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Dec-22-2012 16:23TweetFollow @OregonNews
United States: Petition to Pardon Medical Marijuana Provider Chris WilliamsMichael Bachara Special to Salem-News.com
As a young man enlisted in the U.S. Marine Corps, Chris Williams swore an oath to "support and defend the Constitution of the United States." Now is the time to show him your support!
(PORTLAND, OR) - Medical cannabis provider Chris Williams has been fighting federal prosecution since March 14, 2011, when federal agents served him a search warrant for his business, Montana Cannabis, along with 25 other medical marijuana businesses across Montana. Caregivers operating in compliance with Montana state medical cannabis law were shut down and arrested.
This raid (and others before and since) was in direct contradiction with the 2009 memo from the justice department, when the Obama administration stated that they “should not focus federal resources on individuals whose actions are in clear and unambiguous compliance with existing state laws,” and clearly shows how out of sync our Federal marijuana policy is with not only state law, but also the opinion of the America voter.
Facing a mandatory minimum sentence of 92 years in prison, Williams has now reached a settlement with prosecutors in his criminal proceedings. By agreeing not to appeal his conviction on Count III (Possession with Intent to Distribute Marijuana), which carries a maximum term of 5 years, and Count VI (possession of a firearm in furtherance of a drug trafficking crime), carrying a maximum sentence of life imprisonment, Williams’ mandatory minimum penalties have been reduced to five years. The Government has also agreed to dismiss the criminal forfeiture against Montana Cannabis. Six of the original charges will be dismissed in exchange for withdrawal of pending motions for acquittal and a new trial.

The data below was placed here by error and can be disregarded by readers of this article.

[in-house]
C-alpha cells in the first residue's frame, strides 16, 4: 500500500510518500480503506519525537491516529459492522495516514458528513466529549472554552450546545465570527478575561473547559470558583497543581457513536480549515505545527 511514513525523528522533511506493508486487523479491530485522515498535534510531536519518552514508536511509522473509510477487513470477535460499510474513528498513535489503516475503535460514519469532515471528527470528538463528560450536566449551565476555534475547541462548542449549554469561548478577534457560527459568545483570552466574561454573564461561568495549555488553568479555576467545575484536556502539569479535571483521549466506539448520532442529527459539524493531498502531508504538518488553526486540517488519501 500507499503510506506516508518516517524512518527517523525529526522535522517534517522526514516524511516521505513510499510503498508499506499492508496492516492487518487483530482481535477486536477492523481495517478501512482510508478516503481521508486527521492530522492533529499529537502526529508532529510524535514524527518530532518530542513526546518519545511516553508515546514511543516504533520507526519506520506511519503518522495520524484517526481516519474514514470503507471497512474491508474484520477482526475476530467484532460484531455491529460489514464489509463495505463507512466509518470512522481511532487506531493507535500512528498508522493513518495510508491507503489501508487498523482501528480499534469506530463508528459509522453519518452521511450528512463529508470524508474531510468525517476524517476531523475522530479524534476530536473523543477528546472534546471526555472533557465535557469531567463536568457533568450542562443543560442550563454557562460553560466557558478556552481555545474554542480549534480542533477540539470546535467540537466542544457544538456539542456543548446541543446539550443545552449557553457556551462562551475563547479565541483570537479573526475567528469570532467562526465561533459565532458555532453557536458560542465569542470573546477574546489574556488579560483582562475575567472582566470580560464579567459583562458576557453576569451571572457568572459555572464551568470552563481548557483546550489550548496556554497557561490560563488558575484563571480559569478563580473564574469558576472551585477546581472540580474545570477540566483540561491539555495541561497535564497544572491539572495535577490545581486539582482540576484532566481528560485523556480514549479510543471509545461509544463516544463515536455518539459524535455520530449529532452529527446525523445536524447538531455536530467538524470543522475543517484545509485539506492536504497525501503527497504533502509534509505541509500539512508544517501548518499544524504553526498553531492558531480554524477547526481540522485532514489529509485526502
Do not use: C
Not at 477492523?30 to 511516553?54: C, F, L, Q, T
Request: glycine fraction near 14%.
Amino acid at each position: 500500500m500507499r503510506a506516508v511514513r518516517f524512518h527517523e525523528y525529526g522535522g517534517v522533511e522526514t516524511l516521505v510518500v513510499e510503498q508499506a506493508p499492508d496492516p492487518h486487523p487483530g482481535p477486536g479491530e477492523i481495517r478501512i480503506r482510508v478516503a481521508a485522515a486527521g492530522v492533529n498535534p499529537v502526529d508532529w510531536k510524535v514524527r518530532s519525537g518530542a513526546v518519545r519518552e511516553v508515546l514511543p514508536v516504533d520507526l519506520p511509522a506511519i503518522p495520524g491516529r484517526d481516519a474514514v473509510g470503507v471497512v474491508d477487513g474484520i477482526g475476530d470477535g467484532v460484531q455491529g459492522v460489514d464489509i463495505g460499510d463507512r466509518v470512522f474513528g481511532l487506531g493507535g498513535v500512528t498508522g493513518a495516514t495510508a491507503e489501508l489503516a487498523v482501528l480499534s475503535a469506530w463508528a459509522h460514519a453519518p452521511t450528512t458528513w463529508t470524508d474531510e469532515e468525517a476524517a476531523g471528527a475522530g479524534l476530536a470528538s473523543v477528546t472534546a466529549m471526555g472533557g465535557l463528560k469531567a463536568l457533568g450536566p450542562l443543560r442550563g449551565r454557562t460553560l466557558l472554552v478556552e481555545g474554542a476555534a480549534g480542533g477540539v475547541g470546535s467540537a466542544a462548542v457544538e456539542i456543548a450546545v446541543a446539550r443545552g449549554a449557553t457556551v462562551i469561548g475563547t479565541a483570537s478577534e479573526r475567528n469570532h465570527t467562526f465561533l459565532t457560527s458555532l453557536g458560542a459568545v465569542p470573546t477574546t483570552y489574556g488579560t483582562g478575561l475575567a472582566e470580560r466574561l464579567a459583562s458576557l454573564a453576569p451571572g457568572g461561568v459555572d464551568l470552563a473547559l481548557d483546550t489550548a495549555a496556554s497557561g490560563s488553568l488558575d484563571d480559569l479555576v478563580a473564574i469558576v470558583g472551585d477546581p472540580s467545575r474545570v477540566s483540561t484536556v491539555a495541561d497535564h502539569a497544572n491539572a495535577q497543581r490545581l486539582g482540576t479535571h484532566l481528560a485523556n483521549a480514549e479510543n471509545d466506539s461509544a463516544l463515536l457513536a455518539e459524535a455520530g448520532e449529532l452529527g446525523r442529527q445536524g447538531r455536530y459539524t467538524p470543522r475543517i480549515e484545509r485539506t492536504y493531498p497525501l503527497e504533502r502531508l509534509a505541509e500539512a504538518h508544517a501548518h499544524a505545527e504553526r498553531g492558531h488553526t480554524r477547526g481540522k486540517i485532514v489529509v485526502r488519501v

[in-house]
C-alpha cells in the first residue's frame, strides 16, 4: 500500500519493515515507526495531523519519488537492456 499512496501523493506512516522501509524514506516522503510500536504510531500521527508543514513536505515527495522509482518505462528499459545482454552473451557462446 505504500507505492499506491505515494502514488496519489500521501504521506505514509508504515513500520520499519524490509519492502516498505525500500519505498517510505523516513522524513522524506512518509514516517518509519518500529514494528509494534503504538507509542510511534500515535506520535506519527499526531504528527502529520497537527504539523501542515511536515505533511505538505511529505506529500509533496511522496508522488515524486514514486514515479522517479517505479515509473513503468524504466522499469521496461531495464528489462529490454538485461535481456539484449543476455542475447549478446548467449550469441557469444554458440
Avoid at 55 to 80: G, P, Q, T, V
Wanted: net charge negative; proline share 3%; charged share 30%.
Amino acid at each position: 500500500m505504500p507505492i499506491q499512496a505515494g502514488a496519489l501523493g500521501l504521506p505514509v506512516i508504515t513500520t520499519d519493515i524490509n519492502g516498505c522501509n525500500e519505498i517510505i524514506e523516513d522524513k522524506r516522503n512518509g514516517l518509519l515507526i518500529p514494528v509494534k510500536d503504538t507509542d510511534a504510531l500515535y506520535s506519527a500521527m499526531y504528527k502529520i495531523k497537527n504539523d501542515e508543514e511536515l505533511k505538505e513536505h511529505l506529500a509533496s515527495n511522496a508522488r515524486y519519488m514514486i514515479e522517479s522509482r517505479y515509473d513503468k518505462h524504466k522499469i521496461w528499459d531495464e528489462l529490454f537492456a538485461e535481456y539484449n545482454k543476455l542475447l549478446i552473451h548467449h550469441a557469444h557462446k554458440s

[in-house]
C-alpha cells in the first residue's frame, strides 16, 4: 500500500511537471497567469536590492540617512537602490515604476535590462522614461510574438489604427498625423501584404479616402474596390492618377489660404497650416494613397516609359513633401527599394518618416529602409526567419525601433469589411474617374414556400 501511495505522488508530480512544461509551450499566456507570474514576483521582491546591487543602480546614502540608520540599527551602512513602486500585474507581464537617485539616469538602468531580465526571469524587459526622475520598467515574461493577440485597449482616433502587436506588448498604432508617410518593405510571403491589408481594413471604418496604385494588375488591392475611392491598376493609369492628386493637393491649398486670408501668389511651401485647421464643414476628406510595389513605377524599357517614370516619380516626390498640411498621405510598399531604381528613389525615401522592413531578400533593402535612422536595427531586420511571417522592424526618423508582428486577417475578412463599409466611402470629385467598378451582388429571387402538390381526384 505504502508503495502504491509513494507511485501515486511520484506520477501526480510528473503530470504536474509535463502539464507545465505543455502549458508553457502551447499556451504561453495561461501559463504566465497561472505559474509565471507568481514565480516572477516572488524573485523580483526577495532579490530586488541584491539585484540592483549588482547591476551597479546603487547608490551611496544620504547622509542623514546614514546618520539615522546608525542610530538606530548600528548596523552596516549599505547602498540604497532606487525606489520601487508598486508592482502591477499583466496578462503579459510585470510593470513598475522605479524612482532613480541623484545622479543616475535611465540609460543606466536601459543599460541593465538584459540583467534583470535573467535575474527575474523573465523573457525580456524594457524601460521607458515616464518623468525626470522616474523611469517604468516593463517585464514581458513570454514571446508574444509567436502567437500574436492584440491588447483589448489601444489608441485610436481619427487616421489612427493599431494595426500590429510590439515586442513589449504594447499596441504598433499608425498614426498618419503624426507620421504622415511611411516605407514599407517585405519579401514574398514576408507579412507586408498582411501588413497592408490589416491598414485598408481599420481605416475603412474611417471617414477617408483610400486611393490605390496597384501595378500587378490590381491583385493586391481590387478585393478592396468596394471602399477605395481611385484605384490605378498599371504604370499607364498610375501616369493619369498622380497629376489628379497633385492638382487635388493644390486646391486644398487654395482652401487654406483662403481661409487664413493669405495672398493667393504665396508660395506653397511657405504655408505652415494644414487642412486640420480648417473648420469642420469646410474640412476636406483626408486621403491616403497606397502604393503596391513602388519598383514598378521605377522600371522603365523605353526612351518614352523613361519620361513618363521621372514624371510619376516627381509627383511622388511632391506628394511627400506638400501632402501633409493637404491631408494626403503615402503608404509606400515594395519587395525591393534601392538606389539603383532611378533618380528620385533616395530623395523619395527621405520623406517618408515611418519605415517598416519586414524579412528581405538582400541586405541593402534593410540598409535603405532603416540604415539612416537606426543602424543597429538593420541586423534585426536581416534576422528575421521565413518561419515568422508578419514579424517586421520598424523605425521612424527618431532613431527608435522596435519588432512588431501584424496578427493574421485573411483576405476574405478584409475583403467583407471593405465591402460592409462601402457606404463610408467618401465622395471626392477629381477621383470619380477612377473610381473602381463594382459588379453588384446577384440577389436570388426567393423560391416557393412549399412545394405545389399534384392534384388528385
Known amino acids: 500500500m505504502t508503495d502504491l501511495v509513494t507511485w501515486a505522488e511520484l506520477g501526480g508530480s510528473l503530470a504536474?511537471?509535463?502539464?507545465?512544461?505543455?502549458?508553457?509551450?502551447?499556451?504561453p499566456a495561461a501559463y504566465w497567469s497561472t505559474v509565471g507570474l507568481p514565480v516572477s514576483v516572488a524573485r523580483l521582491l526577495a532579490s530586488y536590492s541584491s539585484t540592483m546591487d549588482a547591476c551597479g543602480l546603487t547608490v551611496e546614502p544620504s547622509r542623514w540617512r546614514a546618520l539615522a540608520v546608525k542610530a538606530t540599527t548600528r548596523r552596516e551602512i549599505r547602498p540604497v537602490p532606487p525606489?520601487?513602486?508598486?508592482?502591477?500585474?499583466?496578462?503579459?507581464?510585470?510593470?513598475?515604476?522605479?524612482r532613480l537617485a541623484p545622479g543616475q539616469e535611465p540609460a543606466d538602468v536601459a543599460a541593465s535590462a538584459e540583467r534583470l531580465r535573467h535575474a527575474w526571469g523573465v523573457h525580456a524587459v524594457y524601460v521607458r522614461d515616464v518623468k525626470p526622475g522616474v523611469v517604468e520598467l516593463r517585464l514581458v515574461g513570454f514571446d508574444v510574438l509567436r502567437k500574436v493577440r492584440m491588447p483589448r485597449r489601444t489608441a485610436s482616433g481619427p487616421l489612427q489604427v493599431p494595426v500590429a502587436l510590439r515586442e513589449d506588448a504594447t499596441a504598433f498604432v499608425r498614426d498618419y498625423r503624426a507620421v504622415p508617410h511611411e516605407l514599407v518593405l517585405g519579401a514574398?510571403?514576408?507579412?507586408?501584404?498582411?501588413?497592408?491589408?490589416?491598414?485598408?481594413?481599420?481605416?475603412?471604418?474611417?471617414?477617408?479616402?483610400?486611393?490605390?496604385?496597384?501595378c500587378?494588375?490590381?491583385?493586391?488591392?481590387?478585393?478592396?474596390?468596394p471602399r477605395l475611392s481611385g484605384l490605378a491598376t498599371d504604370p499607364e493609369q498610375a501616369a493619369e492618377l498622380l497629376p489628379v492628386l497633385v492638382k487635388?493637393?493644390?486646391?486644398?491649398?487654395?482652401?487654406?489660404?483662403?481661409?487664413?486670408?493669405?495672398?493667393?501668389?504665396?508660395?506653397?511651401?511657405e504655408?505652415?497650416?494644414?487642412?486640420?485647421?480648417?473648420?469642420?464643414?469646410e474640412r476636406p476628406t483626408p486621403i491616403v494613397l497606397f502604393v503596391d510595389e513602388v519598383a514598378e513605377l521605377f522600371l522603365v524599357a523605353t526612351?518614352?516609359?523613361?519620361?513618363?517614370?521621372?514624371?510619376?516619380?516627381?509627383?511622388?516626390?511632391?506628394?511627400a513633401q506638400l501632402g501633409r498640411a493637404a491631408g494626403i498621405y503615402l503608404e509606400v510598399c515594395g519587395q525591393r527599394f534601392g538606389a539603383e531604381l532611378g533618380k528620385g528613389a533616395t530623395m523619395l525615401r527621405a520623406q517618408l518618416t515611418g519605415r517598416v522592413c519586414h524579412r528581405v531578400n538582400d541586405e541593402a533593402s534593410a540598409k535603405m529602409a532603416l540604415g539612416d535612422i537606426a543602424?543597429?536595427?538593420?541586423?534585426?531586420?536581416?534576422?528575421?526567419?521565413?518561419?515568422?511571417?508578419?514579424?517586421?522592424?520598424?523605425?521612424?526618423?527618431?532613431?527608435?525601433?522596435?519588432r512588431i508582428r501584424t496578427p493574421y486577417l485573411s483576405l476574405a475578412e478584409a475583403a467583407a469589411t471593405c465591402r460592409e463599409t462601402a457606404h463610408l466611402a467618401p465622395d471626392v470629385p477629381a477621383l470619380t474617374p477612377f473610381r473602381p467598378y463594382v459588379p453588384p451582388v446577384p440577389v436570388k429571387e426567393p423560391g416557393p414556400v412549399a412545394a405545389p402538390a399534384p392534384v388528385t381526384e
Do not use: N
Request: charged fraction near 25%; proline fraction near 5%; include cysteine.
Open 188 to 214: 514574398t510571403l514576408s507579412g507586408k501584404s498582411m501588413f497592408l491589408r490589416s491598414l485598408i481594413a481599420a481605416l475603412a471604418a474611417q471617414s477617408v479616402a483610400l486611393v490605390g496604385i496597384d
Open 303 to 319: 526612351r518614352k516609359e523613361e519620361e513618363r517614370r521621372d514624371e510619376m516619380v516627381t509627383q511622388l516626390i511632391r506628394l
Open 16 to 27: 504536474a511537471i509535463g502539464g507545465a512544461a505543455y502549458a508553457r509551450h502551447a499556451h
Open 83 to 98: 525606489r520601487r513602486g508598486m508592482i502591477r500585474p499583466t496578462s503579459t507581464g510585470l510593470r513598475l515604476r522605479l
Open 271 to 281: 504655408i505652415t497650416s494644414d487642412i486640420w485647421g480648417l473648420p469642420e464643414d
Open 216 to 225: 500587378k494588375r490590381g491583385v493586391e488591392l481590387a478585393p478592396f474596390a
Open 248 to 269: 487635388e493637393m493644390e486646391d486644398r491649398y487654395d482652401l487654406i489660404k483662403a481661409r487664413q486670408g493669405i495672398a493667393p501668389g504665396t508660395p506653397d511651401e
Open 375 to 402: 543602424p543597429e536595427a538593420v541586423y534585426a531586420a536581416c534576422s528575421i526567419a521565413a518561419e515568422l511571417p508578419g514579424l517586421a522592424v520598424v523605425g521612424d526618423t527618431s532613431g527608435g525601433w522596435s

“It was not easy for me to give up my Constitutional fight, but as I navigate this complex federal penal system, it has become clear that punishment is the only thing that is guaranteed,” said Williams in a phone call from the Missoula County Detention Facility, according to NBC Montana.
Of more than 70 cannabis caregivers indicted in the United States since President Obama took office, Williams is one of only four to take his case to trial. Turning down prosecutors’ various plea bargains, he held onto the belief that he deserved his day in court, though was ultimately prevented from presenting his compliance with state law as a defense to the federal charges. Without this critical context, the version of the Williams’ story the jury heard was not only inaccurate, but severely distorted.
After conviction, the United States attorney general’s office came back with a new deal. If Williams waived his right to appeal, they would drop most of the charges so that he would face a minimum of 10 years in prison and pay a $288,000 judgment.
“With the rest of my life literally hanging in the balance, I simply could not withstand the pressure any longer. If Judge Christensen shows mercy and limits my sentence to the 5-year mandatory minimum, I could be present at my 16-year-old son’s college graduation. This would most likely be impossible had I rejected the latest compromise.”